Horse Racing at the Curragh

Above: 1924 | Below: 2014

Race Winner 2014

The first recorded horse race took place at the Curragh, the home of Irish racing, in 1727 but there were certainly undocumented races well before that.  And no wonder. This wide open plain, with its limestone soil and flat surface might have been specially designed for running horses.

Racing has always been hugely popular in Ireland and, while once the preserve of the landowner and the gentry, race meetings have long been attended by large crowds from all walks of life. Notable horses become national heroes, loved and followed by legions of fans. While the essence of the thing has little changed –  fast and beautiful horses racing for a prize – a day at the races has.

Once formal dress and finery was de rigueur, and it still is at some meetings such as the Irish Derby, it’s now a much more casual affair and you’re not required to dress up. It used to be all about gambling and while that’s still a big part of it most meetings have entertainment laid on and it’s very possible to have a great day out without ever betting on a horse.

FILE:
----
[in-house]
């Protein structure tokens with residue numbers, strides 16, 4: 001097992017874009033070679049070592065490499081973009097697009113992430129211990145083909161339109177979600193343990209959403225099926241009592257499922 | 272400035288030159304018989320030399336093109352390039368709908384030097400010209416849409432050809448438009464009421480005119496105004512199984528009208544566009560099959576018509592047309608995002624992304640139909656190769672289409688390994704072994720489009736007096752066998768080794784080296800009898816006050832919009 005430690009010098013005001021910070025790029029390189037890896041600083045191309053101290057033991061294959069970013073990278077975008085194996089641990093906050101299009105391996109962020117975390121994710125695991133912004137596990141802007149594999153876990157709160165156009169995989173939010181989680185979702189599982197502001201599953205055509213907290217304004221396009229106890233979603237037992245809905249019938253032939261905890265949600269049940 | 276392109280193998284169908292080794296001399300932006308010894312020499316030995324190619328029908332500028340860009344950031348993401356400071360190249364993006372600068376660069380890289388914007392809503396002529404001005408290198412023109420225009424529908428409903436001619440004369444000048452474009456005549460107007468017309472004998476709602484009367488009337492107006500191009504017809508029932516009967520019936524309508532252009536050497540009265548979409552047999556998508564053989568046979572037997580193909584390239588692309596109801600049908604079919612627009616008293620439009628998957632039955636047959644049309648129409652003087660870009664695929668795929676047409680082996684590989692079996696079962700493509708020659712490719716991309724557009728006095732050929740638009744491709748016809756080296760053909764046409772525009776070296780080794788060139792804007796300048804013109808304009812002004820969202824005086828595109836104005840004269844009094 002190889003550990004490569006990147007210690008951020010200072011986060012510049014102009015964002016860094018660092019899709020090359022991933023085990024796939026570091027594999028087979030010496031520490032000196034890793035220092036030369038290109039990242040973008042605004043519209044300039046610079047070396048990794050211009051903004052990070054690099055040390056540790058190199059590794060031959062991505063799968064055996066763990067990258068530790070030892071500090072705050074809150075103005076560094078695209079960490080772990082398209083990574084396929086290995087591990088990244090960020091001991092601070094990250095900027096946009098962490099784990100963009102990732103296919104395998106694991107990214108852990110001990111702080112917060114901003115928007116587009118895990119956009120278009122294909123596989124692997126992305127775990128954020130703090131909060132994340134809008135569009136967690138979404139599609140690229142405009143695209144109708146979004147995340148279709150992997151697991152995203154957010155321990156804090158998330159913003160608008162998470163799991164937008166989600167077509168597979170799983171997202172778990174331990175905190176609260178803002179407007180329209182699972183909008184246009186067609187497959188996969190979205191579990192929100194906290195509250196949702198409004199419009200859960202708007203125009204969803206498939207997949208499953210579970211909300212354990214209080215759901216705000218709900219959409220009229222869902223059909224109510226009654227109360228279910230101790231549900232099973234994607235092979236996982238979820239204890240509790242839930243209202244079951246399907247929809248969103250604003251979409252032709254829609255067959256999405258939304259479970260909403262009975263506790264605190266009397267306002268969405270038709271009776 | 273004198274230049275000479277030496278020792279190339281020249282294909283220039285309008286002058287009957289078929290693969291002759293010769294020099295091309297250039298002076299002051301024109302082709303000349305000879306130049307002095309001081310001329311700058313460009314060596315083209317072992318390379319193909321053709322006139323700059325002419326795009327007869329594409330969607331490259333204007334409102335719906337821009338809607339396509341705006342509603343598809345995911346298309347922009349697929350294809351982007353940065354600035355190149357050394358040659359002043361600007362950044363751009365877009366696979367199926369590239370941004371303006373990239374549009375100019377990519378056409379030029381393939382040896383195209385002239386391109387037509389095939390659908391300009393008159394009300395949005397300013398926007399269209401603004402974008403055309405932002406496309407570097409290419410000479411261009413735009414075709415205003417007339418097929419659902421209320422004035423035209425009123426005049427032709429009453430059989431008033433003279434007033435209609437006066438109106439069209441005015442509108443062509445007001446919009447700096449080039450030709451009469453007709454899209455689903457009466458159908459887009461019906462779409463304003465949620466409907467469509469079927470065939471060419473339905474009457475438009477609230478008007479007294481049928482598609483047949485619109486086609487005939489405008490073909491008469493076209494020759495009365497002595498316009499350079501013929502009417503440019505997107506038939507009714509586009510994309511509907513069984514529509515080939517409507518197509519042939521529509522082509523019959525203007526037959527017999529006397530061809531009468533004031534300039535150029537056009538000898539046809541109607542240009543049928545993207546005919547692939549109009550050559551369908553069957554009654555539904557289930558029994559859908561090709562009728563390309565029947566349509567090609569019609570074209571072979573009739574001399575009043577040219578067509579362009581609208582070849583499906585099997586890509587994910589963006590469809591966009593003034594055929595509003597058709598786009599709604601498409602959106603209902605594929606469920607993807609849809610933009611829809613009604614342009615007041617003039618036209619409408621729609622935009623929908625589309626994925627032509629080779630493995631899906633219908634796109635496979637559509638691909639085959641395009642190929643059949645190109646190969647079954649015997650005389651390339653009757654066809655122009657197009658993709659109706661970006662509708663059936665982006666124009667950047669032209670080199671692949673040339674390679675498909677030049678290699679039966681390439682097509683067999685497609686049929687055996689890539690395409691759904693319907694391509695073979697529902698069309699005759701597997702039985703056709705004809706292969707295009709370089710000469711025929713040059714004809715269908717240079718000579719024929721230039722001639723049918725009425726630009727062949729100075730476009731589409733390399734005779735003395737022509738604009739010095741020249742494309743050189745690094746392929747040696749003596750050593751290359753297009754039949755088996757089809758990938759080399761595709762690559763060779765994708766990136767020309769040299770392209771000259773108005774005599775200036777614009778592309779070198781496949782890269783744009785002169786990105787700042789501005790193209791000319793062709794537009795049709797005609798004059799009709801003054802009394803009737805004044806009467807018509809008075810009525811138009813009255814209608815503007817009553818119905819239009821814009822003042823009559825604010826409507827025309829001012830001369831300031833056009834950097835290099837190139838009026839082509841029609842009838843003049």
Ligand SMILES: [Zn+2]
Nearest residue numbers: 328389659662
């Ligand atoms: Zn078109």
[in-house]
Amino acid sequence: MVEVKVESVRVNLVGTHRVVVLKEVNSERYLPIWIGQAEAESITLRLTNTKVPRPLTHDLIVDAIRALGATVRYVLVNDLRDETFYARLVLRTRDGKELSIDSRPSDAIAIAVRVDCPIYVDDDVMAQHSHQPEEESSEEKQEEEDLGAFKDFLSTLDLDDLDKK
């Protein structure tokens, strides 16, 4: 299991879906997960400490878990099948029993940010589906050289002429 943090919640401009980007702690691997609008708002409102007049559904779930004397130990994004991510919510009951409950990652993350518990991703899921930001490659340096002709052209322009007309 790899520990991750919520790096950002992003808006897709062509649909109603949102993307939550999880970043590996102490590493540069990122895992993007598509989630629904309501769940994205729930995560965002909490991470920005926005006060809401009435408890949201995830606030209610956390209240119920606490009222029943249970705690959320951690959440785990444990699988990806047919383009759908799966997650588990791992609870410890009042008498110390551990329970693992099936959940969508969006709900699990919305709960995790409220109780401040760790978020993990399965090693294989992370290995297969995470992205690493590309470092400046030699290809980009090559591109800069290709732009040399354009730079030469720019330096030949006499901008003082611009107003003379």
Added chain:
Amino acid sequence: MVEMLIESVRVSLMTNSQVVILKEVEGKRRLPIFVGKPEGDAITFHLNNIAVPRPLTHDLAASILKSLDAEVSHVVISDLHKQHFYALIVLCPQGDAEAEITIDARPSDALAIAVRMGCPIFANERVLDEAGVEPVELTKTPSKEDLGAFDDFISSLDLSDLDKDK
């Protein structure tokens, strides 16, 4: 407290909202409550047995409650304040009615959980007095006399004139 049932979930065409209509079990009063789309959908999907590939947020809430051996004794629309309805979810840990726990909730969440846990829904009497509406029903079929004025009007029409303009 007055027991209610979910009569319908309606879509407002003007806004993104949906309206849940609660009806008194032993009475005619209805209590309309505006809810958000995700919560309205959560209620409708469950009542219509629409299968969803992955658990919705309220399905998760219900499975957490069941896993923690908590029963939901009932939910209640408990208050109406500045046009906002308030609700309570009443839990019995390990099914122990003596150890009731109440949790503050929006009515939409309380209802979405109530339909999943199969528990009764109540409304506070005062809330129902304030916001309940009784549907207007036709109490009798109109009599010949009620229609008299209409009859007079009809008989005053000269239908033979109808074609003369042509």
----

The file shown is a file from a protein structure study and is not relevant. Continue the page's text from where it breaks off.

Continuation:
This change is reflected in the images above.

The first shows Clonespoe, ridden by J, Moylan being led to the winner’s enclosure by trainer  R. Moss after winning the Cambridgeshire in 1924. His owner, NL Green, took home a then huge purse of 650 sovereigns, well over €800 or $900 in today’s money.

The second picture shows the legendary and much loved Hurricane Fly taking part in a parade of champions during Irish Champions Weekend at the Curragh in 2014. Trained by Willie Mullins, he is the winner of 22 Grade 1 races, a world record which has earned his owners almost €2 million.

The difference in atmosphere at race meetings is very clear from the photographs – for one thing de wimmen are involved in all aspects now!

If you are visiting Ireland I could not recommend strongly enough that you try to attend a race meeting during your stay, you’ll have a terrific time.

Published: May 13, 2015 | Updated: March 31, 2017 | Image Credits

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